“You should go to a coach to get info that you don’t already have,” says Emily Sinclair, Soprano. Coaching usually entails a teacher-student type of relationship, with the pianist focusing on diction and stylistic issues. The coach should send you away with new tidbits of information.You might think that most pianists are able to wear their vocal coach and collaborative pianist hats at the same time, but I've noticed that there is a subtle distinction with the way that both types of pianist handle ensemble and tempo situations with individual singers.
With a collaborative pianist, things are trickier, because the singer and pianist make decisions as a team. Ms. Sinclair gives the example of intimating to an excellent coach she had worked with for years: “Sometimes I miss working through musical issues with a pianist who is a peer, not a coach.” “I know exactly what you mean,” said the coach. “It is a really different experience to work through voicings, phrasings and gestures with a collaborative pianist. It’s a very equal experience,” she says.
Vocal coaches who have done their time as repetiteurs in opera companies are often apt to play a lot like orchestras in that they tend to push a singer through a phrase much like a conductor would. In other words, if the singer is singing with slightly less direction than they should be, many coach/repetiteurs will simply barrel forward in tempo through the phrase.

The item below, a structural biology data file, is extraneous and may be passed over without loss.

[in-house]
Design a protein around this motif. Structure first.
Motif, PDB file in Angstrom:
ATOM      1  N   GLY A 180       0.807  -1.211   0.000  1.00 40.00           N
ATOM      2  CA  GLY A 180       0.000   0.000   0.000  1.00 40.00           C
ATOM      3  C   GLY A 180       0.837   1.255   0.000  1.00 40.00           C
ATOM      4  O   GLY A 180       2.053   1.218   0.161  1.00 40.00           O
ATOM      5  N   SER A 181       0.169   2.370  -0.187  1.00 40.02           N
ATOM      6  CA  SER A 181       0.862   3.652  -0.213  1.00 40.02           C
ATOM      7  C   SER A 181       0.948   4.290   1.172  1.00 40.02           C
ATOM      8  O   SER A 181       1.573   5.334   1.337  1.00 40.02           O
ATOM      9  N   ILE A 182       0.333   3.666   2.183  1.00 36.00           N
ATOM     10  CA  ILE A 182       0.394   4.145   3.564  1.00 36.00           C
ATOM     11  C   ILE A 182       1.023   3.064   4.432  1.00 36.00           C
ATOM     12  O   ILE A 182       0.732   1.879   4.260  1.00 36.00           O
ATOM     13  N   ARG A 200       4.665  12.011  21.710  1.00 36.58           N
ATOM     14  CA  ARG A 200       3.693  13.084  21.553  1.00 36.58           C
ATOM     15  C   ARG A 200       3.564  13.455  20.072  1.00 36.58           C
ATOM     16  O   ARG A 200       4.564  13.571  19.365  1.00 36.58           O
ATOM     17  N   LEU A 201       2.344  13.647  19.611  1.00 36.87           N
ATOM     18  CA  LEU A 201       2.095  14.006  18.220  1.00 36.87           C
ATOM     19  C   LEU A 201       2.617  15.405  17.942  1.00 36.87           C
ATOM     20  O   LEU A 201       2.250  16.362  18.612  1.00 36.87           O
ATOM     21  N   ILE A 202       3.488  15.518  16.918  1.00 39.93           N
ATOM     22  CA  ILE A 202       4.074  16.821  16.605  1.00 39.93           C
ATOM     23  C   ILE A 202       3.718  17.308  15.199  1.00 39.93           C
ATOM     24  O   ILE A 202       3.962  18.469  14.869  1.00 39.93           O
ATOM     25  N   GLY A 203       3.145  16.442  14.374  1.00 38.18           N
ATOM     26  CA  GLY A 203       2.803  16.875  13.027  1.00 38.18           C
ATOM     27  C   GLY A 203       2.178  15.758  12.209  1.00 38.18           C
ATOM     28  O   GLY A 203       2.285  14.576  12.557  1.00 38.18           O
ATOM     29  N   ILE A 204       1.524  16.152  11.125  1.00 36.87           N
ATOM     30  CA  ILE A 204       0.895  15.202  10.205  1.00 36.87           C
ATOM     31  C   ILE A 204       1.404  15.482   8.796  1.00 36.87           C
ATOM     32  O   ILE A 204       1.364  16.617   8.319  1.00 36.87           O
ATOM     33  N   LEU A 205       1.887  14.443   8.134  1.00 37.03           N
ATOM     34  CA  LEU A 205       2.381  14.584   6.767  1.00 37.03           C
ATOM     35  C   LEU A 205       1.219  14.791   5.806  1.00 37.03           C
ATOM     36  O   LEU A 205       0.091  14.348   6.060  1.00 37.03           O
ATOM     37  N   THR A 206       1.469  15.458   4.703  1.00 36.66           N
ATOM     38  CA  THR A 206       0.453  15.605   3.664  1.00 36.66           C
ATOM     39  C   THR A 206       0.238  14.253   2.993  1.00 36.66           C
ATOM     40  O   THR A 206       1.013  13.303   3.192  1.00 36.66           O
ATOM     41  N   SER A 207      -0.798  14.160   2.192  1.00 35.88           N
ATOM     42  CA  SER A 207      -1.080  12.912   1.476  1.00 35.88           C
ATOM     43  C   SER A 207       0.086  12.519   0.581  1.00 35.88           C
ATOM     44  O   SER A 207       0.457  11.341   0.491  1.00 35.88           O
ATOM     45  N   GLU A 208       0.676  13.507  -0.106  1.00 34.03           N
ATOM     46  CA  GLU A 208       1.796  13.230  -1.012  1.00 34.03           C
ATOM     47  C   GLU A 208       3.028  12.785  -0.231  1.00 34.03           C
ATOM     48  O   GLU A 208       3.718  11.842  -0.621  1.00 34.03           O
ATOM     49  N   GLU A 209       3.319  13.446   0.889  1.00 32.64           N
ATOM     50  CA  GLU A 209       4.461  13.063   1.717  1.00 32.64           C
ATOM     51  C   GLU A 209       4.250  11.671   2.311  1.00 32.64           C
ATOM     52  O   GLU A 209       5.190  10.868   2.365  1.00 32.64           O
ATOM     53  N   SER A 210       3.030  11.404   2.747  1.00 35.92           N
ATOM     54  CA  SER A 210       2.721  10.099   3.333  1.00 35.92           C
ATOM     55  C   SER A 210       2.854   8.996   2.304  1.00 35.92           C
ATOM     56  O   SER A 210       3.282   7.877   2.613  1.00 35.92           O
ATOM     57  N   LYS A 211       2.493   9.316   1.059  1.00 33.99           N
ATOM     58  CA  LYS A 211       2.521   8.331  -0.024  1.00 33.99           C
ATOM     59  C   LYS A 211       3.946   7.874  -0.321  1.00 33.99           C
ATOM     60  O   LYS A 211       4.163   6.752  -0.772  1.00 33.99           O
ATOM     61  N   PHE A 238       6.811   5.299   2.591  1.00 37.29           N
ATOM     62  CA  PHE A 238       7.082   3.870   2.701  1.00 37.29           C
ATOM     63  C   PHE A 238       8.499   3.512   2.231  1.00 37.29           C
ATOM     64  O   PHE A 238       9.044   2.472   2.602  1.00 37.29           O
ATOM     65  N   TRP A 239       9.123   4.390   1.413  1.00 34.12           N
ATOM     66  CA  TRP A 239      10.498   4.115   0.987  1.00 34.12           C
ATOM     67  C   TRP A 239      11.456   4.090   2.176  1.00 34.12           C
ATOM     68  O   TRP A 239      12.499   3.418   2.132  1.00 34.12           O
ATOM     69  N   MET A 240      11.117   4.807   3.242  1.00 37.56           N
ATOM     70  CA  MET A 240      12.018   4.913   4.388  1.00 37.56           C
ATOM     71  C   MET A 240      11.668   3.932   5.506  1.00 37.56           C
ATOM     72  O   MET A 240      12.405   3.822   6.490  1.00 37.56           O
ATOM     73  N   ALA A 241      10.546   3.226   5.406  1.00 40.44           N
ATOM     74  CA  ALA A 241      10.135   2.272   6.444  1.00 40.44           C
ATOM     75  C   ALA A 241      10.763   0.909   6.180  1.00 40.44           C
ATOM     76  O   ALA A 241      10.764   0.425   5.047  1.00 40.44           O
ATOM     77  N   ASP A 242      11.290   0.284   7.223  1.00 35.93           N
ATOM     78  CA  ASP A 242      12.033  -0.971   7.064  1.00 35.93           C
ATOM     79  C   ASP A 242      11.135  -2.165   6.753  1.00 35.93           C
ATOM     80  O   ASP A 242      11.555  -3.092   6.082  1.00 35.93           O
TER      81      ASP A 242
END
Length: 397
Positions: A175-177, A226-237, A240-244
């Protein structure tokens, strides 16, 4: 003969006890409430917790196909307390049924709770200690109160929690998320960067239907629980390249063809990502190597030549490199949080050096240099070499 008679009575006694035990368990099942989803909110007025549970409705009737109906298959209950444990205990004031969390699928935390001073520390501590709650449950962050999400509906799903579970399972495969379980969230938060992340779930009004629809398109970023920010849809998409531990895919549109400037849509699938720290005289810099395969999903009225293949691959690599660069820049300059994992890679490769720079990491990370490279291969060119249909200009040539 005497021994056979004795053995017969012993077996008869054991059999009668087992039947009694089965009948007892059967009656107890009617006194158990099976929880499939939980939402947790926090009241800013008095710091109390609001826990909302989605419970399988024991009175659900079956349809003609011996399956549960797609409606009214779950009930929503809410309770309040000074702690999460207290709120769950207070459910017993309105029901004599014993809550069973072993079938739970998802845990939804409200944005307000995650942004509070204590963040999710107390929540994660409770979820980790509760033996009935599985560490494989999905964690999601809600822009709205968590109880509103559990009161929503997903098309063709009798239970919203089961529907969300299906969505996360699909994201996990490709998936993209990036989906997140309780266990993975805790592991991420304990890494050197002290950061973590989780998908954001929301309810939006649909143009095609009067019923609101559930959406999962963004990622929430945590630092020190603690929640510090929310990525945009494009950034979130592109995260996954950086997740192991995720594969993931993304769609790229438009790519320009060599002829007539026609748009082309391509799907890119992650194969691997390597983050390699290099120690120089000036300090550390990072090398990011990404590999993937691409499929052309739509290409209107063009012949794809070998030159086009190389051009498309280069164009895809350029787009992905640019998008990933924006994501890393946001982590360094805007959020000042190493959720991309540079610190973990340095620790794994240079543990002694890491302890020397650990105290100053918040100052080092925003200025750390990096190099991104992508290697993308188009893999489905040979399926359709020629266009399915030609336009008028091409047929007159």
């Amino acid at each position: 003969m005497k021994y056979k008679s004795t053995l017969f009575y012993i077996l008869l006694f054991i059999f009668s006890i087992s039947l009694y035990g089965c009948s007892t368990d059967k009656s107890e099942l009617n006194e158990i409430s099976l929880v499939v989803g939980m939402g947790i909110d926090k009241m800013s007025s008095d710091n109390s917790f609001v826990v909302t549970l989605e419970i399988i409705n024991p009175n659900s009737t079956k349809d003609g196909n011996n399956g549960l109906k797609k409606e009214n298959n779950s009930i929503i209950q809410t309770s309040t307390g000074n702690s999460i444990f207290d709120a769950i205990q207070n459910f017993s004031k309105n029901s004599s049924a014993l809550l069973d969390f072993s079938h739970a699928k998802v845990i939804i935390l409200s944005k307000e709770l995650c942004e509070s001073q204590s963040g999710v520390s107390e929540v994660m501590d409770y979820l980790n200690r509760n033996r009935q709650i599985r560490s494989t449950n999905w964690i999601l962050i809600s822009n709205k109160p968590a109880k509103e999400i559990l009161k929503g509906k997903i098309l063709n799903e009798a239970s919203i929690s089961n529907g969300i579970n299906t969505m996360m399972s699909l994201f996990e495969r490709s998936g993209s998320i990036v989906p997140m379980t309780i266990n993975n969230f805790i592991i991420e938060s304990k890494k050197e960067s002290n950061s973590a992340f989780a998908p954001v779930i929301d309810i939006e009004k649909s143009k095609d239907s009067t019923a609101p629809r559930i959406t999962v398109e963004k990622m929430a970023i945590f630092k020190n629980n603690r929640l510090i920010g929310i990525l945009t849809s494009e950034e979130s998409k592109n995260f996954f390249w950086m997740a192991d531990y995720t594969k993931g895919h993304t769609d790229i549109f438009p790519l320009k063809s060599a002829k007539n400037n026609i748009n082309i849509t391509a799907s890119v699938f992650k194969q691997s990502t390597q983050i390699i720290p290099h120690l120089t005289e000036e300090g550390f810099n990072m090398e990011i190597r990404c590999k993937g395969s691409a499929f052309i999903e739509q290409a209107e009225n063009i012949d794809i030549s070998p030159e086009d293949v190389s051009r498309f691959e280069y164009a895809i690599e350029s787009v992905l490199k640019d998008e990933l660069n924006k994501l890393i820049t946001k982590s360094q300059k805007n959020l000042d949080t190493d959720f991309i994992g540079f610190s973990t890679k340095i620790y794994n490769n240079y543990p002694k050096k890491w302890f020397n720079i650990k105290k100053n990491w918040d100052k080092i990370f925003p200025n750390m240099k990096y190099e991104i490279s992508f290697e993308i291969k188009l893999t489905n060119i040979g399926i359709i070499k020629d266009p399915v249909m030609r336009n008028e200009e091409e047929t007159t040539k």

On the other hand, a collaborative pianist with more recital experience will work at developing a mutual vocabulary of collaboration, delving into the nature of the phrase and working at how pianist and singer can both generate the phrase through a delicate dance of leading vs. following.
The above descriptions are a bit of a generalization, but I notice these differences, both in the vocabulary which pianists use and their instincts while playing.
So which type of pianist should a singer be using?
A lot of it depends on both the type of specific preparation that a singer needs (role, audition, or recital?) and the type of pianist that fits in with their musical needs and instincts, and whether they are able to bridge the gap between the many facets of what a classical singer needs to prepare these days. Above all, pianists need a sense of empathy. From Anne's article (emphasis is mine):
Ms. Maultsby loves a pianist who knows not just the diction, rhythm and pitches, but the background, emotion and story behind what the characters are feeling, and that the pianist is on his/her own emotional journey. “The most rewarding work relationships come when I feel comfortable with my pianist as a person, and when that coach genuinely likes my voice and says so,” she explains. Dr. Harris adds that both pianist and singer need to complement the music that the other produces, though always making sure that it is an honest compliment. “Let them know what their music meant to you.”And how valuable it is for singers to work with pianists who are able to understand the differences between coach/repetiteur and recital pianist in order to engage fully with both the needs of the singer and the needs of the repertoire.
Singers want really good chops, musical guts, a trust that you’re on our side, explains Dr. Patricia Thompson, mezzo-soprano. “We want to know that you have a vested interest in making the music sound great. It’s not fun to play with a pianist who’s jaded and playing for a paycheck. A singer wants a good friend and confidant and someone they can trust at the piano.”